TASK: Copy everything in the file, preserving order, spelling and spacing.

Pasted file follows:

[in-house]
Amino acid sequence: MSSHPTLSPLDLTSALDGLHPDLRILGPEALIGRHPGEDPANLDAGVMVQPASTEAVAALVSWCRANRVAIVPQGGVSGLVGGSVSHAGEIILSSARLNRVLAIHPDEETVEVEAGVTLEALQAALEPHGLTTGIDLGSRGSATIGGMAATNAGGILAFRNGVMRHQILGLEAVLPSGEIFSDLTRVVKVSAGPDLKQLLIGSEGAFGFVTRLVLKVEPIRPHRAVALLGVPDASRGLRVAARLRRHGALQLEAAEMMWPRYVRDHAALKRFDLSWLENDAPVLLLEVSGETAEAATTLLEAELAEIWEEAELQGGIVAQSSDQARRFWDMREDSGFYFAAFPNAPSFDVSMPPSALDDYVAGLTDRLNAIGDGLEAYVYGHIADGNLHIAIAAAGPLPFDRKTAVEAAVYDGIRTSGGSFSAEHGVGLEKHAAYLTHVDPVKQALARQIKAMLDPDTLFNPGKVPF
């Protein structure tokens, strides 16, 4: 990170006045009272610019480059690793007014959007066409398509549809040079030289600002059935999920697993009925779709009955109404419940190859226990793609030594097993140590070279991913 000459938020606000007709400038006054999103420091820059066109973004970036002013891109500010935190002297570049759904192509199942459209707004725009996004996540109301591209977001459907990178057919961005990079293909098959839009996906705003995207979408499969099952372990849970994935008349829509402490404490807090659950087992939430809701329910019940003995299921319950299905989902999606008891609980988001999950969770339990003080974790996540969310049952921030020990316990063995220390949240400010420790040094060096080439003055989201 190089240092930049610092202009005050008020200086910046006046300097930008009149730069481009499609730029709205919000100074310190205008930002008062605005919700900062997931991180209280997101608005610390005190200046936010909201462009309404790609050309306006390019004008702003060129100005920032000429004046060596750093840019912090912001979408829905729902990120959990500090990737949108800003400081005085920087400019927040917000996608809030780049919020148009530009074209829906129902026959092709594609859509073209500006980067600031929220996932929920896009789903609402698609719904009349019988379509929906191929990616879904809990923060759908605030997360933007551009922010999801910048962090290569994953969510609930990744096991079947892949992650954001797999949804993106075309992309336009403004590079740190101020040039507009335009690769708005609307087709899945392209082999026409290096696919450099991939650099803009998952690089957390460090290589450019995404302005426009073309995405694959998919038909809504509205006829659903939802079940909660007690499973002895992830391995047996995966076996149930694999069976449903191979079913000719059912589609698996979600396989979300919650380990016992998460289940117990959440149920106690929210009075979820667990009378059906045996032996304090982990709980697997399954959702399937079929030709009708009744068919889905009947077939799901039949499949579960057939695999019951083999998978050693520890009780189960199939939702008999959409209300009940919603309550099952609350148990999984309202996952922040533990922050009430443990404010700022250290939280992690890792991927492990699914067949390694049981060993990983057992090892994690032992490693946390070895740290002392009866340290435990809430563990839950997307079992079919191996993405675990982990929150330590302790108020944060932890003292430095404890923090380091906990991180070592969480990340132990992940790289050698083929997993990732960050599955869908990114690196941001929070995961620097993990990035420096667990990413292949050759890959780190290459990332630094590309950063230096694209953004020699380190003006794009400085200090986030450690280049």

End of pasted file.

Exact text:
[in-house]
Amino acid sequence: MSSHPTLSPLDLTSALDGLHPDLRILGPEALIGRHPGEDPANLDAGVMVQPASTEAVAALVSWCRANRVAIVPQGGVSGLVGGSVSHAGEIILSSARLNRVLAIHPDEETVEVEAGVTLEALQAALEPHGLTTGIDLGSRGSATIGGMAATNAGGILAFRNGVMRHQILGLEAVLPSGEIFSDLTRVVKVSAGPDLKQLLIGSEGAFGFVTRLVLKVEPIRPHRAVALLGVPDASRGLRVAARLRRHGALQLEAAEMMWPRYVRDHAALKRFDLSWLENDAPVLLLEVSGETAEAATTLLEAELAEIWEEAELQGGIVAQSSDQARRFWDMREDSGFYFAAFPNAPSFDVSMPPSALDDYVAGLTDRLNAIGDGLEAYVYGHIADGNLHIAIAAAGPLPFDRKTAVEAAVYDGIRTSGGSFSAEHGVGLEKHAAYLTHVDPVKQALARQIKAMLDPDTLFNPGKVPF
């Protein structure tokens, strides 16, 4: 990170006045009272610019480059690793007014959007066409398509549809040079030289600002059935999920697993009925779709009955109404419940190859226990793609030594097993140590070279991913 000459938020606000007709400038006054999103420091820059066109973004970036002013891109500010935190002297570049759904192509199942459209707004725009996004996540109301591209977001459907990178057919961005990079293909098959839009996906705003995207979408499969099952372990849970994935008349829509402490404490807090659950087992939430809701329910019940003995299921319950299905989902999606008891609980988001999950969770339990003080974790996540969310049952921030020990316990063995220390949240400010420790040094060096080439003055989201 190089240092930049610092202009005050008020200086910046006046300097930008009149730069481009499609730029709205919000100074310190205008930002008062605005919700900062997931991180209280997101608005610390005190200046936010909201462009309404790609050309306006390019004008702003060129100005920032000429004046060596750093840019912090912001979408829905729902990120959990500090990737949108800003400081005085920087400019927040917000996608809030780049919020148009530009074209829906129902026959092709594609859509073209500006980067600031929220996932929920896009789903609402698609719904009349019988379509929906191929990616879904809990923060759908605030997360933007551009922010999801910048962090290569994953969510609930990744096991079947892949992650954001797999949804993106075309992309336009403004590079740190101020040039507009335009690769708005609307087709899945392209082999026409290096696919450099991939650099803009998952690089957390460090290589450019995404302005426009073309995405694959998919038909809504509205006829659903939802079940909660007690499973002895992830391995047996995966076996149930694999069976449903191979079913000719059912589609698996979600396989979300919650380990016992998460289940117990959440149920106690929210009075979820667990009378059906045996032996304090982990709980697997399954959702399937079929030709009708009744068919889905009947077939799901039949499949579960057939695999019951083999998978050693520890009780189960199939939702008999959409209300009940919603309550099952609350148990999984309202996952922040533990922050009430443990404010700022250290939280992690890792991927492990699914067949390694049981060993990983057992090892994690032992490693946390070895740290002392009866340290435990809430563990839950997307079992079919191996993405675990982990929150330590302790108020944060932890003292430095404890923090380091906990991180070592969480990340132990992940790289050698083929997993990732960050599955869908990114690196941001929070995961620097993990990035420096667990990413292949050759890959780190290459990332630094590309950063230096694209953004020699380190003006794009400085200090986030450690280049």